Although these are relatively low sub-alpine mountains by comparison with the Alps, and mostly heavily forested nearly to the summit with coniferous species and fewer deciduous trees such as beech, the garden has the typical short growing season of mountainous regions. It only becomes accessible and free of snow late into spring in May and early June. Flowering of the plants is condensed into just a few months with the high point towards the end of June and early July, when we chose to visit. Parts of these mountains are spectacular, nearly sheer and yet still clothed with trees - the sort of ancient and distinctive woodland that Oliver Rackham speaks of which is still widespread in France but so much rarer in the UK. The contrast after travelling through the low and monotonous open farmland, lacking even hedges, further north gives the Alsace wonderful appeal. To the east the flat plain full of vineyards and fields of maize running to the Rhine makes an even more local contrast and a turbulent history. The region is a crossroads of cultures.
Climatically the garden compares with altitudes of 1800m in the northern Alps and 2000m in the Pyrenees, with an averge annual precipitation of 2 200mm and 162 days of snow cover each year. Within a relatively small area of 1.5 hectares are grown some 2 500 species of alpine plants carefully divided into geographical sections but still in a very naturalistic way.
Recent years have seen a clear trend towards warmer and drier summers with temperatures occasionally exceeding 30°C, but clever use of the varying microclimates of the garden allows species from cooler and wetter or warmer and drier montane climates to be grown in proximity - especially making use of shade cast by open beech woodland and water in parts of the garden to ameliorate high summer temperatures. Three hours was hardly long enough to take in the diversity and interest of the garden, but the following pictures will show something of this, plus a unique opportunity to view behind the scenes in the propagating area and 'engine room' of the garden, of great appeal to a nurseryman and gardener like myself.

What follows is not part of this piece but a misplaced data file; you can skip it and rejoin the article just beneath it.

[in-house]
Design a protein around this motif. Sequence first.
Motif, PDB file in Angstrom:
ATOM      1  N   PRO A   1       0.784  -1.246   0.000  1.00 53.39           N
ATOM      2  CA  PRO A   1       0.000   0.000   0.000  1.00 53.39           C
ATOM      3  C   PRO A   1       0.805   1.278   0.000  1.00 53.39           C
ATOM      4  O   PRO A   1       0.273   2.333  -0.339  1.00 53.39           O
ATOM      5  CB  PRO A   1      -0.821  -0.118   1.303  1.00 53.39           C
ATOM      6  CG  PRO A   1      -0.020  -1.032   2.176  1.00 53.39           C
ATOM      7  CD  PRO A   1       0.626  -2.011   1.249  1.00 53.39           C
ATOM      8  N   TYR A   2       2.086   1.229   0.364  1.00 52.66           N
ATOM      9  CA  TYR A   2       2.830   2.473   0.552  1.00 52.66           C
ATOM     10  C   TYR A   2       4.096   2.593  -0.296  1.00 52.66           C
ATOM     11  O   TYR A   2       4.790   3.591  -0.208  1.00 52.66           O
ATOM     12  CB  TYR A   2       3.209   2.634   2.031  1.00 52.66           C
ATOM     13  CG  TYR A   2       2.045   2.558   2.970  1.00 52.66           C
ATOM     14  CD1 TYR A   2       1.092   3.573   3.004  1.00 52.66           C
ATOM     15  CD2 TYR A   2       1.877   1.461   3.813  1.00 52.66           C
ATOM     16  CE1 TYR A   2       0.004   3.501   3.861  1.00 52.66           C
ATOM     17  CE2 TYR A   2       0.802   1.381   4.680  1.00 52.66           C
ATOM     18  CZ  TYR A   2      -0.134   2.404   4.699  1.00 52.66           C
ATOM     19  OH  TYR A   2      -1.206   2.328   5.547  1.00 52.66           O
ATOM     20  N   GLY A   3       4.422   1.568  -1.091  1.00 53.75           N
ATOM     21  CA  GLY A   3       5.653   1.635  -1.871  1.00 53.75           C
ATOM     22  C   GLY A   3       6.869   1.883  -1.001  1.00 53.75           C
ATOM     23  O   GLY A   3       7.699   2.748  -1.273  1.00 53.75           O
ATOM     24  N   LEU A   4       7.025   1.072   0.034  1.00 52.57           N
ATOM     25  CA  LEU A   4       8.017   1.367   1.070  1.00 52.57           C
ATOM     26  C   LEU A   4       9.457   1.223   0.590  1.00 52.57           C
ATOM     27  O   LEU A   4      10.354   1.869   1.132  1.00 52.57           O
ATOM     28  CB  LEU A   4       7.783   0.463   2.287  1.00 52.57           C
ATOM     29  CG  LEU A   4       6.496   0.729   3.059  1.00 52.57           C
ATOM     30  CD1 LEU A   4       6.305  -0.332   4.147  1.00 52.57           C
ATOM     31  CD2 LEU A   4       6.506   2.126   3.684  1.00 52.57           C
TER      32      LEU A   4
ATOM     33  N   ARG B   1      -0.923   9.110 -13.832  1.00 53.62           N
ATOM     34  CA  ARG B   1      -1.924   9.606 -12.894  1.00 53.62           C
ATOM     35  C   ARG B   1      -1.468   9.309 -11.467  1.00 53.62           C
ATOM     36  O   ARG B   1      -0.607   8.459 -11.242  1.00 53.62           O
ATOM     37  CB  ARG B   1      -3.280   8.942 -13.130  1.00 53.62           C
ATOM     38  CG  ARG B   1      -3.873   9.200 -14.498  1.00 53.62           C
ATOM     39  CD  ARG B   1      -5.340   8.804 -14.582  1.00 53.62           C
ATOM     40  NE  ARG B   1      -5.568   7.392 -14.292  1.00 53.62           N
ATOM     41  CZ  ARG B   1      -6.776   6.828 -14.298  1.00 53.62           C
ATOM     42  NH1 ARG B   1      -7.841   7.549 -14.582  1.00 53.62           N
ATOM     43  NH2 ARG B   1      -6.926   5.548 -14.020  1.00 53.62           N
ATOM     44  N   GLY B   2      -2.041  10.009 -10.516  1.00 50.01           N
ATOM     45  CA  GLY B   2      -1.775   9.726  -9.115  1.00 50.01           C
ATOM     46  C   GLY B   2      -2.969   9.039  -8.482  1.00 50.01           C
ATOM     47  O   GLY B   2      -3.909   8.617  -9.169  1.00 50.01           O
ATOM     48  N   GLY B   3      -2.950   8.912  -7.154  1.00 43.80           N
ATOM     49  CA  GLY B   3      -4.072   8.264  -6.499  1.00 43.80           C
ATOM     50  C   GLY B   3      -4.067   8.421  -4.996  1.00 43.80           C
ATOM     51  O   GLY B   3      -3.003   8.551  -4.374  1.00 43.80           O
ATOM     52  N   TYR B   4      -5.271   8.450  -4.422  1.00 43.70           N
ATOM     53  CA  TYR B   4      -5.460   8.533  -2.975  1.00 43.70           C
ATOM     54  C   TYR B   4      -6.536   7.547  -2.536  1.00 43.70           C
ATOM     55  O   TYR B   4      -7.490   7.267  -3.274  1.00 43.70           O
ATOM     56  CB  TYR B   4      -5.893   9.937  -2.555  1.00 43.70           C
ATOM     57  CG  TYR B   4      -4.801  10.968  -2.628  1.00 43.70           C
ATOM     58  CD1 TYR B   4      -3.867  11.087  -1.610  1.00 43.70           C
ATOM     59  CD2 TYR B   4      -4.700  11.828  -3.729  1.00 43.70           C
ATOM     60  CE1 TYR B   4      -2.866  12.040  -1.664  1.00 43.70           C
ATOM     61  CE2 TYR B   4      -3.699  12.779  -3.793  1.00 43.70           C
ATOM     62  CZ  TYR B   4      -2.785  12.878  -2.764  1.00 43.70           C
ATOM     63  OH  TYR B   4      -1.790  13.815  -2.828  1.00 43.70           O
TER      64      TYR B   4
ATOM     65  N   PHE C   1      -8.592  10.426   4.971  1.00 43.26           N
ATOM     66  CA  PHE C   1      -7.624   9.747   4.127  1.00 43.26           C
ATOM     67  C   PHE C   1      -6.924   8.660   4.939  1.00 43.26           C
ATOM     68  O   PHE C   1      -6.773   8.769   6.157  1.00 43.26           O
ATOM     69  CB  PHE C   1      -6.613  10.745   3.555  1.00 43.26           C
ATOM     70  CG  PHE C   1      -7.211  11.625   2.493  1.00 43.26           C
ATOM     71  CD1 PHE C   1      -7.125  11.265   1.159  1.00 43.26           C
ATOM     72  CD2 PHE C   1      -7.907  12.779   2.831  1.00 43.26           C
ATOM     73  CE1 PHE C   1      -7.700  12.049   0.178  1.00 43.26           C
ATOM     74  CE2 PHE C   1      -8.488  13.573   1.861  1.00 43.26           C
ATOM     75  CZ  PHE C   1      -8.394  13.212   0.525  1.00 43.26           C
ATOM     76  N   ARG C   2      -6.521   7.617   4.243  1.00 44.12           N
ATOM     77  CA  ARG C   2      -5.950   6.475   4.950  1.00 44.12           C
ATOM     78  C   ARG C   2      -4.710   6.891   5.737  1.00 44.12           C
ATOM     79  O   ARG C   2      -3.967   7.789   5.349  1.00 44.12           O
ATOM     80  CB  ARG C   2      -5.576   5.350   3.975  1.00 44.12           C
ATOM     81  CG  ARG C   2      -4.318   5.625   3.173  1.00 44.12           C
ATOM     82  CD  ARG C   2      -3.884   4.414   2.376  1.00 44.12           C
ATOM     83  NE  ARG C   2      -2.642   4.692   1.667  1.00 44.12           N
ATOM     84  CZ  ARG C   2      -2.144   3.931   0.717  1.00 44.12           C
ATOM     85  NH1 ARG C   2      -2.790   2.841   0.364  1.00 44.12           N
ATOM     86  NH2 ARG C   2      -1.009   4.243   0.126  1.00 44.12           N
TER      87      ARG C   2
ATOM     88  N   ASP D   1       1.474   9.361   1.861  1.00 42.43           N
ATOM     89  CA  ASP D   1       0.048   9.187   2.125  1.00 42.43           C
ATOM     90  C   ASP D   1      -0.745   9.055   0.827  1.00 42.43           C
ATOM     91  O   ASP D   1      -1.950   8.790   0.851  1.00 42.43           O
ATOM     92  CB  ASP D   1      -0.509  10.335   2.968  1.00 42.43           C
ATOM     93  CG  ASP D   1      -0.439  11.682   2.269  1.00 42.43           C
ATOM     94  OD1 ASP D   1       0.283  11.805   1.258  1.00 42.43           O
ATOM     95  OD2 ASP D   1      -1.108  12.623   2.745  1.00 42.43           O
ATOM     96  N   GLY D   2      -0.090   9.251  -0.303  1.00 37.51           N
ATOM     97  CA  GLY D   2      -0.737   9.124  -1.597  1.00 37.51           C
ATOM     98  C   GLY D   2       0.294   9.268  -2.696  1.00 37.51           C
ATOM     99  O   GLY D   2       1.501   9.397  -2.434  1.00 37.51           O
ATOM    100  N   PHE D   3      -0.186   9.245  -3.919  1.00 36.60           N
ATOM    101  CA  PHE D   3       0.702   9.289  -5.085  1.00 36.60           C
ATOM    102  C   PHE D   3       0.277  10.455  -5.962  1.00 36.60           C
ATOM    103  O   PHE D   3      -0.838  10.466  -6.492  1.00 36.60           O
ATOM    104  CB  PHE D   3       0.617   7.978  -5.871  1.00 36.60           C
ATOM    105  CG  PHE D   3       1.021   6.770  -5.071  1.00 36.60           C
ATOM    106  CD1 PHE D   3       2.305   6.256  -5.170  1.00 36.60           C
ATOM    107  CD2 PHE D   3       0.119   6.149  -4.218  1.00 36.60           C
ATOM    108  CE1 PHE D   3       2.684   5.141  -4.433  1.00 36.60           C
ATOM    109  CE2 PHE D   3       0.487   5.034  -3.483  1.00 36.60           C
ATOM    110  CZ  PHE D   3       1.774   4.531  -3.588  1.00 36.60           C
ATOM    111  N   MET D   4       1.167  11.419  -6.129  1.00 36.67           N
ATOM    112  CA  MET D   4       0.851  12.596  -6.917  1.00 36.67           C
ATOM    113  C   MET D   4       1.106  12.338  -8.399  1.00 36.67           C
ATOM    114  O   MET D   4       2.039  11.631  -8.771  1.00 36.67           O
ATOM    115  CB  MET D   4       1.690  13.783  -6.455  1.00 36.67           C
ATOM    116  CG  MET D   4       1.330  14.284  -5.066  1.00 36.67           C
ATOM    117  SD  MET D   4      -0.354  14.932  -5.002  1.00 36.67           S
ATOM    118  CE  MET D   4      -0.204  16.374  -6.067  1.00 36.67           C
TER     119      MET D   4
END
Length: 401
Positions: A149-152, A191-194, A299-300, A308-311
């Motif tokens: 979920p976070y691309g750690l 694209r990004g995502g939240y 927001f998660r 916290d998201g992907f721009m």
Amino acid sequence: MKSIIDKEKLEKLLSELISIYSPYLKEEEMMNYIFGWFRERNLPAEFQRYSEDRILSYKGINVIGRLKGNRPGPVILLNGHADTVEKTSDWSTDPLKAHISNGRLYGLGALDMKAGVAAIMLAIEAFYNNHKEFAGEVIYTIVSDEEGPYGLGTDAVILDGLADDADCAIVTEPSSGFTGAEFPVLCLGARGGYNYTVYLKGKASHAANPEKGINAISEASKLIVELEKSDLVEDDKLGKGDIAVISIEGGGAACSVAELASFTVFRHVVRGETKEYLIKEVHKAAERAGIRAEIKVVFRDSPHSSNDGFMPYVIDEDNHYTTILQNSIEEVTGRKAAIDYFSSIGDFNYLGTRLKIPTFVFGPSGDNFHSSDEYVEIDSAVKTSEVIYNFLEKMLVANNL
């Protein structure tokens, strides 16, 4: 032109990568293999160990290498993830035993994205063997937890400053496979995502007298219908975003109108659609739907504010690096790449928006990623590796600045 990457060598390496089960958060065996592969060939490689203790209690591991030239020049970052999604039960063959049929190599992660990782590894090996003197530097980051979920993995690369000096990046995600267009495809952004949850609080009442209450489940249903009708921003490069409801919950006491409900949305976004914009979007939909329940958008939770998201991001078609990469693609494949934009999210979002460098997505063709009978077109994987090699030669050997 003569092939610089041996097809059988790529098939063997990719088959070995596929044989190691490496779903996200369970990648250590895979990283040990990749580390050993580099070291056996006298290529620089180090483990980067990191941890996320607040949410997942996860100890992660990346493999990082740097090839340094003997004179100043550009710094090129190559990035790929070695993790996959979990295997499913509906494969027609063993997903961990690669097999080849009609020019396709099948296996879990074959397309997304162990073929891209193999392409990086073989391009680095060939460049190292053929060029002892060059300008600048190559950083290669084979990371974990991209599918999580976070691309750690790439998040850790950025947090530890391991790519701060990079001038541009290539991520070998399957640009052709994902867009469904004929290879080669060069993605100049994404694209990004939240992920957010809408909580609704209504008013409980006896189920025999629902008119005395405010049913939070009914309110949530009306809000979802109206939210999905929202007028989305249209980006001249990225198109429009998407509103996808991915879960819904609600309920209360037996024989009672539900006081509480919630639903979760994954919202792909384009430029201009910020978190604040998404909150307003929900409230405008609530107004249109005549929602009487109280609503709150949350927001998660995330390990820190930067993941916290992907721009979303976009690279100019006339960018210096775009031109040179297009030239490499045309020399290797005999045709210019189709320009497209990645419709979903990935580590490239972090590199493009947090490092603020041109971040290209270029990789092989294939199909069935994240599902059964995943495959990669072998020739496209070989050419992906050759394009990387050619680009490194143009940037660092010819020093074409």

Looking to a section of the garden devoted to the Vosges flora and showing the typical coniferous woodland adapted to heavy winter snowfall and low temperatures.
Establishment of the garden dates back some 50 years but follows on from an earlier tradition of alpine gardening by pioneers such as Henri Correvon and Camille Brunotte, who is honoured by this fine carving in the garden.
For the past fifteen years the planting has been overseen by Philippe Chauvet with the assistance of one full time gardener and occasional students on leave from the Botanical Garden at Nancy. In many respects it is comparable with a private garden of similar size, and attractively laid out, but gains because of its great educational and conservation value that comes from its botanical and geographical discipline. These then are some examples of the plants which I will not describe further - more information can be gleaned from Philippe's entries on the SRGC Forum and by reference to the AGS Encyclopaedia of Alpines online here, and past Bulletins of the AGS.
The incomparable blue poppies which I dare not put a clear name to having not captured the label in the garden!
Raoulia hookeri and composite
(to be continued...)